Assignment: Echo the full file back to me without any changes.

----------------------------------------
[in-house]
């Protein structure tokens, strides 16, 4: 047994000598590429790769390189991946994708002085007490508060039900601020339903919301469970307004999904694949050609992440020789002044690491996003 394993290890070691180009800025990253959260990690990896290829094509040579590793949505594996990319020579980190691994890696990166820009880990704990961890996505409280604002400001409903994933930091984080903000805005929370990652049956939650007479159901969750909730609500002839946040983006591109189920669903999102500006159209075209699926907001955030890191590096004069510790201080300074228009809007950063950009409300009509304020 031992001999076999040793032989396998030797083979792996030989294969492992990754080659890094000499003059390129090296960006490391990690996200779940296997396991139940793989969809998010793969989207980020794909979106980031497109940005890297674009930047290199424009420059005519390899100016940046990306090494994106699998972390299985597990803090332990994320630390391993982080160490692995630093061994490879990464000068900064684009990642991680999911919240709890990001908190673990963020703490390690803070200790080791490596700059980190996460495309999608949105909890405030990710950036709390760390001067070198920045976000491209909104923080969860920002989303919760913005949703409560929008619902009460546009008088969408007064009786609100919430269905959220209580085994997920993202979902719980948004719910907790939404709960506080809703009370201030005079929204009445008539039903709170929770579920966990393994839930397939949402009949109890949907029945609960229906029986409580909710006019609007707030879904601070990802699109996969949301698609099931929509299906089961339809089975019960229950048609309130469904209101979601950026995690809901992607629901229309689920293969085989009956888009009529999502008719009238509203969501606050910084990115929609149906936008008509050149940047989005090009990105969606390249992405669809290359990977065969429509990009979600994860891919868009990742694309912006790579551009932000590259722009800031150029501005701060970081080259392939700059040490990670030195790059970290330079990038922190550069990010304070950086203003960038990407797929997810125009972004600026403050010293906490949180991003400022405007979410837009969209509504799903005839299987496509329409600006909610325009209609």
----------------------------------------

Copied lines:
[in-house]
């Protein structure tokens, strides 16, 4: 047994000598590429790769390189991946994708002085007490508060039900601020339903919301469970307004999904694949050609992440020789002044690491996003 394993290890070691180009800025990253959260990690990896290829094509040579590793949505594996990319020579980190691994890696990166820009880990704990961890996505409280604002400001409903994933930091984080903000805005929370990652049956939650007479159901969750909730609500002839946040983006591109189920669903999102500006159209075209699926907001955030890191590096004069510790201080300074228009809007950063950009409300009509304020 031992001999076999040793032989396998030797083979792996030989294969492992990754080659890094000499003059390129090296960006490391990690996200779940296997396991139940793989969809998010793969989207980020794909979106980031497109940005890297674009930047290199424009420059005519390899100016940046990306090494994106699998972390299985597990803090332990994320630390391993982080160490692995630093061994490879990464000068900064684009990642991680999911919240709890990001908190673990963020703490390690803070200790080791490596700059980190996460495309999608949105909890405030990710950036709390760390001067070198920045976000491209909104923080969860920002989303919760913005949703409560929008619902009460546009008088969408007064009786609100919430269905959220209580085994997920993202979902719980948004719910907790939404709960506080809703009370201030005079929204009445008539039903709170929770579920966990393994839930397939949402009949109890949907029945609960229906029986409580909710006019609007707030879904601070990802699109996969949301698609099931929509299906089961339809089975019960229950048609309130469904209101979601950026995690809901992607629901229309689920293969085989009956888009009529999502008719009238509203969501606050910084990115929609149906936008008509050149940047989005090009990105969606390249992405669809290359990977065969429509990009979600994860891919868009990742694309912006790579551009932000590259722009800031150029501005701060970081080259392939700059040490990670030195790059970290330079990038922190550069990010304070950086203003960038990407797929997810125009972004600026403050010293906490949180991003400022405007979410837009969209509504799903005839299987496509329409600006909610325009209609």